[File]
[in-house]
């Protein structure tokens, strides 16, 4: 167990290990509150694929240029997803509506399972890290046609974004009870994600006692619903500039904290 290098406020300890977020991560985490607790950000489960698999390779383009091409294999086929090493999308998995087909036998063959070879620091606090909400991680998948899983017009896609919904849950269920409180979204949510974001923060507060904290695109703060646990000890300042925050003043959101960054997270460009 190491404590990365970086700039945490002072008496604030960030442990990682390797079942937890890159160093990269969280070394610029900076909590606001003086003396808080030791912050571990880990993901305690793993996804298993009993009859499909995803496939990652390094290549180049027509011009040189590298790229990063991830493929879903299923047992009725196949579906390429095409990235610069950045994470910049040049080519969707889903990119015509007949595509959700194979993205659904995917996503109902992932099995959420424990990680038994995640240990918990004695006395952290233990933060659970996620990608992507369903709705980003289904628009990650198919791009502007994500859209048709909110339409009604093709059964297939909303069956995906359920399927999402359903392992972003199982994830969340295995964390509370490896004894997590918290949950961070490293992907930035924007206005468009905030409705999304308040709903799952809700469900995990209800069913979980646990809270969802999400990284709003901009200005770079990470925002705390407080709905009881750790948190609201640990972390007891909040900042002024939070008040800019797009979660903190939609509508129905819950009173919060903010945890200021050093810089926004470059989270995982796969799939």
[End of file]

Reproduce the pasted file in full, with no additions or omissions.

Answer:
[in-house]
């Protein structure tokens, strides 16, 4: 167990290990509150694929240029997803509506399972890290046609974004009870994600006692619903500039904290 290098406020300890977020991560985490607790950000489960698999390779383009091409294999086929090493999308998995087909036998063959070879620091606090909400991680998948899983017009896609919904849950269920409180979204949510974001923060507060904290695109703060646990000890300042925050003043959101960054997270460009 190491404590990365970086700039945490002072008496604030960030442990990682390797079942937890890159160093990269969280070394610029900076909590606001003086003396808080030791912050571990880990993901305690793993996804298993009993009859499909995803496939990652390094290549180049027509011009040189590298790229990063991830493929879903299923047992009725196949579906390429095409990235610069950045994470910049040049080519969707889903990119015509007949595509959700194979993205659904995917996503109902992932099995959420424990990680038994995640240990918990004695006395952290233990933060659970996620990608992507369903709705980003289904628009990650198919791009502007994500859209048709909110339409009604093709059964297939909303069956995906359920399927999402359903392992972003199982994830969340295995964390509370490896004894997590918290949950961070490293992907930035924007206005468009905030409705999304308040709903799952809700469900995990209800069913979980646990809270969802999400990284709003901009200005770079990470925002705390407080709905009881750790948190609201640990972390007891909040900042002024939070008040800019797009979660903190939609509508129905819950009173919060903010945890200021050093810089926004470059989270995982796969799939």